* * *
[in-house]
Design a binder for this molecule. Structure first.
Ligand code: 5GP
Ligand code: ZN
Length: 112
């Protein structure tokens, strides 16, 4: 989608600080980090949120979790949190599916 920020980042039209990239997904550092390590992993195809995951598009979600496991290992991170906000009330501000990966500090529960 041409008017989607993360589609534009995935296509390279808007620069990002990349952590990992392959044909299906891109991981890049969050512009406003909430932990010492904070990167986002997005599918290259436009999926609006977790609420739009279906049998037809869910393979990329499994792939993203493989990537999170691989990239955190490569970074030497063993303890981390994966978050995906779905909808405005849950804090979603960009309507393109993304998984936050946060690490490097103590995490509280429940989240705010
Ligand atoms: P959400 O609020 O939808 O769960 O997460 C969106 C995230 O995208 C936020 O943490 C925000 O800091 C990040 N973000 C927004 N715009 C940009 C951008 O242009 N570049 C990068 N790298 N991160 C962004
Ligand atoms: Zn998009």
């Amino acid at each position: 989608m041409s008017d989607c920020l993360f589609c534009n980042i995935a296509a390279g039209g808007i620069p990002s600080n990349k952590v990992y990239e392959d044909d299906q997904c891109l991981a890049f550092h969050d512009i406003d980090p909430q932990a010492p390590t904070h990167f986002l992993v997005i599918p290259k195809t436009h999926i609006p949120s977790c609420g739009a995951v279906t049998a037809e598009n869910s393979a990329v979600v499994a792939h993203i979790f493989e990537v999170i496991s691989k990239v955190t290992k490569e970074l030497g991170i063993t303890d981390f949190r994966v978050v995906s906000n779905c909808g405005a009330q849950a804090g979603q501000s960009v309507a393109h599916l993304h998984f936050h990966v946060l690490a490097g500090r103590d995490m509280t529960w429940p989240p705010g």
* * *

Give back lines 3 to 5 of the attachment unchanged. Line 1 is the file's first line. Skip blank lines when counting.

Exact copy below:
Ligand code: 5GP
Ligand code: ZN
Length: 112